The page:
Uncapping Big Bottled Water's War On Tap Water

Uncapping Big Bottled Water's War On Tap Water

Propaganda fueled consumers globally to turn off their taps.

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Whether it's out of convenience or habit, many of us instinctively reach for bottled water instead of tap. What caused us to turn our backs on the kitchen sink or public drinking fountains? Bottled water companies insisting tap water is unsafe, and large bottled water companies like Pepsi, Coca Cola and Nestle have been on a smear campaign against tap water for decades. Their goal? Make consumers fear their tap water, and they'll have to turn to the bottle. "When we're done," Quaker Oats' U.S. beverage division president Susan Wellington said, "tap water will be relegated to showers and washing dishes."

"The biggest enemy is tap" — Pepsi's Vice Chairman, Robert S. Morrison.

The attacks on tap water worked. Bottled water has surpassed all other bottled beverages in consumption, including alcohol, sodas and juices. Consumers in the United States alone drink half a billion bottles a week. If all those bottles were lined up, it would be enough to circle the globe five times.

Is bottled water really safer than tap water? In some areas, yes. These are areas with little to no access to clean, safe drinking water. However, bottled water has weaker regulations under the FDA, while tap water is held to strict regulatory standards under the EPA, and sometimes that makes a big difference in quality as the people of Cleveland, Ohio uncovered.

Fiji created ads reading, "The label says Fiji because it's not bottled in Cleveland." Outraged, the citizens of Cleveland jumped to defend their water, putting Fiji water up against not only the city's tap water, but their other competitors Dasani, Aquafina and Evian. Studies found Fiji water contained 6.31 mircograms of arsenic per liter, while other waters tested contained no measurable amounts. The results spoke for themselves, and Fiji abandoned the Cleveland ad, defeated.

Fiji water, despite my previous beliefs, is truly bottled in Fiji. The bottles are decorated with tropical flowers, designed to aid in the company's image of clean water, untouched by man. Other companies have adopted this "clean green" look, including a variety of mountainous streams, remote islands, wildlife, leaves and snowy peaks.

These ads can be deceitful, giving the illusion of natural water supplies from remote areas. 33 percent of all bottled water is from the tap, and some of the brands might surprise you. Brands like Pepsi's Aquafina and Coca Cola's Dasani are both filtered tap water, the same tap water that's available in your kitchen sink.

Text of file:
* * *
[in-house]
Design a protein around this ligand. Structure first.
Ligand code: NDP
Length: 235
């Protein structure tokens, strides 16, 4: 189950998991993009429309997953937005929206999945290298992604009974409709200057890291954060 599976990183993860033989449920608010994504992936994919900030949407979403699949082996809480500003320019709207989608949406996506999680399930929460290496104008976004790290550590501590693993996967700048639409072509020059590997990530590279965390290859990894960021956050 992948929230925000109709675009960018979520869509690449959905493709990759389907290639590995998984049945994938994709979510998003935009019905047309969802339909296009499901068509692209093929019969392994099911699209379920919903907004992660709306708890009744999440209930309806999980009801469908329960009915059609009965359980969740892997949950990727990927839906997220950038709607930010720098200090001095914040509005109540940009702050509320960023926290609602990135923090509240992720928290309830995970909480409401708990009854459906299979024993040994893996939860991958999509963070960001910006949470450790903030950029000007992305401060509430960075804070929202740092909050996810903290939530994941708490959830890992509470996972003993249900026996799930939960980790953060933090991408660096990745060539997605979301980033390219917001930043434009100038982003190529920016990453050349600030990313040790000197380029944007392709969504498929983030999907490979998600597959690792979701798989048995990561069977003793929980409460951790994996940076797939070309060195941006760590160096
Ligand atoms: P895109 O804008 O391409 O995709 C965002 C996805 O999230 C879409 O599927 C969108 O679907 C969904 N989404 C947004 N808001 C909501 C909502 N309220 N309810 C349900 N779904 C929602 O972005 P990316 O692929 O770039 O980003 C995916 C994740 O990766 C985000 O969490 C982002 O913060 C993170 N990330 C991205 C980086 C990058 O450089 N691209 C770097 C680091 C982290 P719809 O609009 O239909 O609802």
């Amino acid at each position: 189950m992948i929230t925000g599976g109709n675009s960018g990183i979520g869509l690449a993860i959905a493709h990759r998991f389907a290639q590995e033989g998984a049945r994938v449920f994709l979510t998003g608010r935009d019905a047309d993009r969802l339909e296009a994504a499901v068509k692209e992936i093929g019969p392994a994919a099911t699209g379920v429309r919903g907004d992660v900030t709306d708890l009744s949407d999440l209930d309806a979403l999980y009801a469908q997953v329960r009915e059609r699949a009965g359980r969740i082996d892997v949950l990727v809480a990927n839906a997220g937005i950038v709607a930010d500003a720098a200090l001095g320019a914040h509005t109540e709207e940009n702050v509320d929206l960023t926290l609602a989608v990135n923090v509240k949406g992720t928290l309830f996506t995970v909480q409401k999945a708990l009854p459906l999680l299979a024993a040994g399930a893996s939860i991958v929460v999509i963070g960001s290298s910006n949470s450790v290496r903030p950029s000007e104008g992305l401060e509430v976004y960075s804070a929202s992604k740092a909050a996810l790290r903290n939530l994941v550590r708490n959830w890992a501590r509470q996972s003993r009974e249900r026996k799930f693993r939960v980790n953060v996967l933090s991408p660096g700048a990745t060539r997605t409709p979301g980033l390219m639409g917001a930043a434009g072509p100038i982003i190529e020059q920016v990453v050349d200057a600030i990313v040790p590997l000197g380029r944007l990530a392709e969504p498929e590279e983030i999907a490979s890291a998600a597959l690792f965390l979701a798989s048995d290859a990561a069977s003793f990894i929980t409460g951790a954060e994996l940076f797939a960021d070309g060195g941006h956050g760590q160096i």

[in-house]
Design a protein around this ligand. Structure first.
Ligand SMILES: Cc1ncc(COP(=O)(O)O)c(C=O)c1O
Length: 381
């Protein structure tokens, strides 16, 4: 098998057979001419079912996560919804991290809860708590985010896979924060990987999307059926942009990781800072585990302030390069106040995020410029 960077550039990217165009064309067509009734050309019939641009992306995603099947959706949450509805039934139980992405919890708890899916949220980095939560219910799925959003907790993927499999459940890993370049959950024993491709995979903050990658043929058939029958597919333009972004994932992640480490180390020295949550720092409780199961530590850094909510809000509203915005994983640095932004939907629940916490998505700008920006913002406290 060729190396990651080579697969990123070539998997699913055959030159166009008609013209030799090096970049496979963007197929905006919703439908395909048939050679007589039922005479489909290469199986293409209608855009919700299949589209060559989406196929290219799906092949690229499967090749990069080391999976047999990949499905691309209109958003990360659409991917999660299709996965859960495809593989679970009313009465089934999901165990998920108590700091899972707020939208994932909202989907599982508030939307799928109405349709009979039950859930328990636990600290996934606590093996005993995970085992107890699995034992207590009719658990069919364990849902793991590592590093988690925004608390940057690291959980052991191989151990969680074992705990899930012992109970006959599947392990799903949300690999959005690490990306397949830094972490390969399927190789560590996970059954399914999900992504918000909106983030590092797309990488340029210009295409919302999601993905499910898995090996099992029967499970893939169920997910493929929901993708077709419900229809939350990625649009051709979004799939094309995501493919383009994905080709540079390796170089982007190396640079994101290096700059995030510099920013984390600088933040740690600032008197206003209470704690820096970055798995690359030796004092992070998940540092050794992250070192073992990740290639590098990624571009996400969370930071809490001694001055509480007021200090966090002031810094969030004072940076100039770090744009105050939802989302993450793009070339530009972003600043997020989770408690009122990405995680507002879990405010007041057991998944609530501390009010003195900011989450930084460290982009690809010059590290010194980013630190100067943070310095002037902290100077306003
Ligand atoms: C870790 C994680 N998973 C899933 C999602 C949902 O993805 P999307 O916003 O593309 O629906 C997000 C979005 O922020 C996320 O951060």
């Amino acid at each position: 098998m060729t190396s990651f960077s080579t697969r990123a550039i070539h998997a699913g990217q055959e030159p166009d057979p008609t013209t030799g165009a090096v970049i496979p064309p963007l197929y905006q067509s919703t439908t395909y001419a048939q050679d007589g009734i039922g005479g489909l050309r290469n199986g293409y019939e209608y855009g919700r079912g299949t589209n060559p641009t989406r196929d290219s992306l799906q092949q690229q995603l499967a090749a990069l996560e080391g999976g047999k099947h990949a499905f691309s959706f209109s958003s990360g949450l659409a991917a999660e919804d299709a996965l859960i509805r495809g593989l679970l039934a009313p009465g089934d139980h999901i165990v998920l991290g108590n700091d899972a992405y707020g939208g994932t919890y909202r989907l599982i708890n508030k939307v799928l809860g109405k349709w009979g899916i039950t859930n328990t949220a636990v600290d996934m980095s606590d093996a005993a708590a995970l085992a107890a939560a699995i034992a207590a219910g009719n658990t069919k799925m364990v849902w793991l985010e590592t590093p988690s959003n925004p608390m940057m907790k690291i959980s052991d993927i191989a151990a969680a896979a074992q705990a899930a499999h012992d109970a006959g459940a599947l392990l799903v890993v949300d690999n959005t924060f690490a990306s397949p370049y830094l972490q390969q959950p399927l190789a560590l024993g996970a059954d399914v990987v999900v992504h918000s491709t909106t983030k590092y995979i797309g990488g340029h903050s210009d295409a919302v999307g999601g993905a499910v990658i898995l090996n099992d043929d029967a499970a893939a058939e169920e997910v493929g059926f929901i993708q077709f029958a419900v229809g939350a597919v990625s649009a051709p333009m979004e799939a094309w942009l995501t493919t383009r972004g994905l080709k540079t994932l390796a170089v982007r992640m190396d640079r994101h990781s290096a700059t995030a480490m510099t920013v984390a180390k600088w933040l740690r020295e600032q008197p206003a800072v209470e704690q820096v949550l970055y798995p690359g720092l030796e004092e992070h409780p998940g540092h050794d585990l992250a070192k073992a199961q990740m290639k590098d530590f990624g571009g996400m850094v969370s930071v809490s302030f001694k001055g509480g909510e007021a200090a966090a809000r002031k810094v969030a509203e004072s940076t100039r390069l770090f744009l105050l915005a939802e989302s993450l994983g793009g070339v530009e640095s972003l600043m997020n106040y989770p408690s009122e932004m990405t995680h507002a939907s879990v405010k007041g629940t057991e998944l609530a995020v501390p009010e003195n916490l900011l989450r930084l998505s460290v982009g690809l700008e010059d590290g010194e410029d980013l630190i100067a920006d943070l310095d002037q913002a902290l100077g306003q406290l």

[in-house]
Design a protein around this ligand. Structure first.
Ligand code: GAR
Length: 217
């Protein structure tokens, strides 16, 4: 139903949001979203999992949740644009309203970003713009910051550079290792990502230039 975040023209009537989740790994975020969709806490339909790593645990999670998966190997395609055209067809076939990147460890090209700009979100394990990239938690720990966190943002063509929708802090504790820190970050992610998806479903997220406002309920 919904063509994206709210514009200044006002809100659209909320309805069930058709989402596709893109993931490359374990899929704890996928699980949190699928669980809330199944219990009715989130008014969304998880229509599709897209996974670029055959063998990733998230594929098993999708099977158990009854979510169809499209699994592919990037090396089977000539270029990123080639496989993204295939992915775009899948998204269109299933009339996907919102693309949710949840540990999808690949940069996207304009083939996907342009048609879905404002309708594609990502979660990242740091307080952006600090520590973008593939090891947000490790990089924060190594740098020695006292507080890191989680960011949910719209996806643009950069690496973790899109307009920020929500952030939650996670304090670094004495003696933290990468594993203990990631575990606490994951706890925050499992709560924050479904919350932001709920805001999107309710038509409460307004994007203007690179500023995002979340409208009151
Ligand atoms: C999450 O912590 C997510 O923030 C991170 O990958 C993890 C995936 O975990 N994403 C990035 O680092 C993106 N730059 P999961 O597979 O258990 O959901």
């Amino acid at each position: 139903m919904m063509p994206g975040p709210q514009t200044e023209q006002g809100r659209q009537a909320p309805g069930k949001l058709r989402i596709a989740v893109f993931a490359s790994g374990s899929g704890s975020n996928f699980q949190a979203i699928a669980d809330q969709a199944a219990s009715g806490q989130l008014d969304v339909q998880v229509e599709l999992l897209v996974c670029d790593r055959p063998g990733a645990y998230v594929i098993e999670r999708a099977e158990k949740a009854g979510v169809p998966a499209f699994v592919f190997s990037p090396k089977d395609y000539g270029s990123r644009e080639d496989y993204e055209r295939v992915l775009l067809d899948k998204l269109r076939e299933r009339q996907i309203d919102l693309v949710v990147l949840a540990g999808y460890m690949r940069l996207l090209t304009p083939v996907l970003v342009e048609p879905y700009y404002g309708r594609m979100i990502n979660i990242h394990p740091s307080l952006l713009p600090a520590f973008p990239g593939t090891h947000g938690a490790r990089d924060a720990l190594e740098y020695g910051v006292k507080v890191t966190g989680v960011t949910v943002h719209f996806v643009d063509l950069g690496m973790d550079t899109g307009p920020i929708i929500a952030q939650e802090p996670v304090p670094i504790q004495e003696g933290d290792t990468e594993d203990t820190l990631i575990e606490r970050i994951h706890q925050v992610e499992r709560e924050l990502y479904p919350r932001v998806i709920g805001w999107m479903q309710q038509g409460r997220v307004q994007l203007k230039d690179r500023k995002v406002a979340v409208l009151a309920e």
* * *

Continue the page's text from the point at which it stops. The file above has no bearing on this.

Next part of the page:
If tap water is the 'enemy,' why is it being bottled and sold to us at almost 2,000 times the original cost?

Bottled water has a darker side. The production of plastic water bottles requires petroleum, so much that bottling water in the United States uses enough oil to fuel one million cars. Americans buy an estimated 42.6 billion single use bottles each year, and 80 percent of those bottles end up in incinerators or landfills.

Plastics (including the water bottle) do not decompose but break down into micro-plastics which can make their way into our oceans, streams and even food. Fish and birds alike have been found with stomachs full of plastic pieces, including water bottle caps. Plastic has a lifespan of no less than 500 years. That's not even a fraction of time spent in the hands of the consumer.

Bottled water can pose serious health threats outside of their environmental impact. Have you ever left plastic water bottles in a hot car? Chances are, the plastic encasing your water has leeched Bisphenol A, more commonly referred to as BPA.

Scientists around the globe have linked BPA to numerous health defects discovered in exposed rodents. Cancers, genital defects in males, early puberty development in females, obesity and even behavior problems such as attention-deficit hyperactivity disorder (ADHD) have all been documented.

Water bottles may be convenient, but what is the true cost? Recycling your water bottles is a step in the right direction, but you can do more to help lessen the environmental impact of the bottled water industry. How can one person help? You can: stop buying single use bottles – instead buy a reusable bottle (take it to work, school and use it at home). You can also press representatives to fund public water maintenance and upkeep, start a group to boycott bottled water in your community and urge elected officials to install more drinking fountains or educate others on the bottled issue! Be the generation who makes a difference, one bottle at a time.

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